How to Practice for Labor AND get in a Great Work-out!

Did you know there’s a powerful way to prepare your mind and body for labor and get a great work-out at the same time? 

In today’s guest post, my friend and fellow birth enthusiast, Wells Thomas, tells us how…

For many first time moms, trying to imagine what labor pain will be like can be a point of anxiety. What will it feel like? Will it be horrible like my friend’s mom told me? Will I need to go for the medication? Will I be able to handle the pain?

As I faced these anxieties before my first birth, I wish I had known one simple little fact. A fact that could have cut through all the anxiety that I felt around the potential pain of labor and childbirth:

That labor pain is not an emergency.

In “Ina May’s Guide to Childbirth,” Ina May describes labor pain in this way:

“When you are injured and feel pain, its message is ‘Run away!’ or ‘Fight! You are being damaged.’ This is survival information. The pain of labor and birth has an entirely different message. It says, ‘Relax your pelvic muscles. Let go. Surrender. Go with the flow. Don’t fight this. It’s bigger than you.’…

Yet many women react to labor pain in the same way they react to the kind of pain they experience when wounded. …They don’t know that a change of position, of attitude, of atmosphere in the birth room, and a host of other factors can utterly change the inner sensations of labor.” (pp. 161-162)

I knew this going into my second birth, and it made me much more confident.

But what if we could train our brain before our very first labor? 

This feeling is the feeling of muscles working hard.

This pain is not because I’m injured.

This pain or sensation is effective for bringing my baby down.

There actually is a simple way to practice handling what labor feels like: High-intensity workouts.

Before my fifth pregnancy, I started doing high intensity interval workouts (HIIT workouts). I had never been successful at regularly incorporating exercise into my routine, but knew the importance of working out for energy and long-term health.

When I heard about HIIT workouts, I realized this could be my ticket. I could find them for free on youtube, they generally required no equipment, and they were over in twenty minutes, which was key for my life as a busy mom (and one who does not love exercise)! Continuing to do them throughout my fifth pregnancy, I realized that HIIT workouts actually are very good for prepping ourselves to face labor.

A HIIT workout is like labor in several ways: 

1. It is intense.

Particularly in the 20-seconds-on, 10-seconds-off Tabata style, when you are in your working interval, it takes everything you have to keep working as hard as you can. It takes all your focus and energy.

2. It comes in intervals.

After your working interval, you get a rest. It is the same with a contraction. In normal labor, the pain or intensity is not unrelenting. You will get rest periods to breathe, to relax, to regroup.

3. It is a “working” pain, not an emergency signal.

The pain of a high intensity workout is similar to that of labor in that it is not emergency pain; it is muscular. Your system is having pressure put on it in a certain way, but it is not being damaged.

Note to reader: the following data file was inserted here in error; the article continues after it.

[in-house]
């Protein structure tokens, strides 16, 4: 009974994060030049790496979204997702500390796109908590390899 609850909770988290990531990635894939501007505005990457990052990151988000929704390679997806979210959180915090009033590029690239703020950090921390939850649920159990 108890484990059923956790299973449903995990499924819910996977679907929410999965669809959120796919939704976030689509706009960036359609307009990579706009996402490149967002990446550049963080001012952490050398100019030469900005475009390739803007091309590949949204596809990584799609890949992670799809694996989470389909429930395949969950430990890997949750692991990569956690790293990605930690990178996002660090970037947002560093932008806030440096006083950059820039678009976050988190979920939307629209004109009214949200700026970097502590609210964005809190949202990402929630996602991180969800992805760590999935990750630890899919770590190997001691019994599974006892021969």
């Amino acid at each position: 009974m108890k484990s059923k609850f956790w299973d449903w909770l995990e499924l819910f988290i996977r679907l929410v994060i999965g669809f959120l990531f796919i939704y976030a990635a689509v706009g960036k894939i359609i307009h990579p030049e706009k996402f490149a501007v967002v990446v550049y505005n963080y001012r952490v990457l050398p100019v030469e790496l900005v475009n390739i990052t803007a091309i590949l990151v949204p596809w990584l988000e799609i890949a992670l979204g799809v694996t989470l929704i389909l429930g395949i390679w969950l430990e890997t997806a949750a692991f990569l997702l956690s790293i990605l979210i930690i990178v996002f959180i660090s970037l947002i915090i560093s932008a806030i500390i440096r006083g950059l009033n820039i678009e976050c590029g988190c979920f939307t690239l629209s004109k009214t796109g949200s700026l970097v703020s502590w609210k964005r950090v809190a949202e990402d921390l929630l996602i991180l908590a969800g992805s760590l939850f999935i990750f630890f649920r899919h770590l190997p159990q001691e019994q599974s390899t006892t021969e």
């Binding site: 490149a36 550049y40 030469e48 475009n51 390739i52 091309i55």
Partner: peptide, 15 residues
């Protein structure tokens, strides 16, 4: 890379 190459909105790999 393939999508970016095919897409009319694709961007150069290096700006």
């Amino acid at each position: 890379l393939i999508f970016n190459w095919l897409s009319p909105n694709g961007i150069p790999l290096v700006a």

4. Your mindset makes a difference in how much you can do.

When I am working out, it helps me so much to have music on, and to have no interruptions from my children or the phone. Also, it helps me to get my head in the right space: I can do this. This is making me stronger. I am making progress. Only a few more minutes. I can handle it. In the same way, your labor environment being distraction-free (as much as possible) is so crucial, and keeping your thoughts away from negativity is a game changer.

5. It has a really good result.

Just as a workout is making you fitter, stronger, healthier, happier, and better able to think clearly, a normal labor has a good result. One of the most beautiful results of work that exists on the planet: a new human. Your baby. Knowing this baby is coming makes the work of labor seem comparatively easy. It is kind of like how keeping our mind on heaven makes the current troubles of our life seem small.

Yet what we suffer now is nothing compared to the glory he will reveal to us later. (Romans 8:18)

I recommend HIIT  workouts if you are wanting to strengthen your mind and body toward the labor experience.

DO be careful though, and modify the exercises for your physical abilities, and for your front-loaded body! I was doing burpees (which involves a sort of horizontal jumping) right up until the end, and… I had back problems after my baby was born. (Thankfully they were soon taken care of.)

Other than that, grab a mat, grab your laptop, grab some water, and practice for your labor today!

Don’t be afraid. Get ready. You’ve got this.

Go here to get my play list of short/ intense workouts.

If you have other great HIIT workouts you enjoy, share them in the comment section below! 

* Wells Thomas is a writer and childbirth enthusiast who loves to connect with and encourage other mothers. She is the author of “Empowered Birth: Becoming Fearless in Labor” and “31 Life Words for Mothers.” She lives in Virginia with her husband and five children. 

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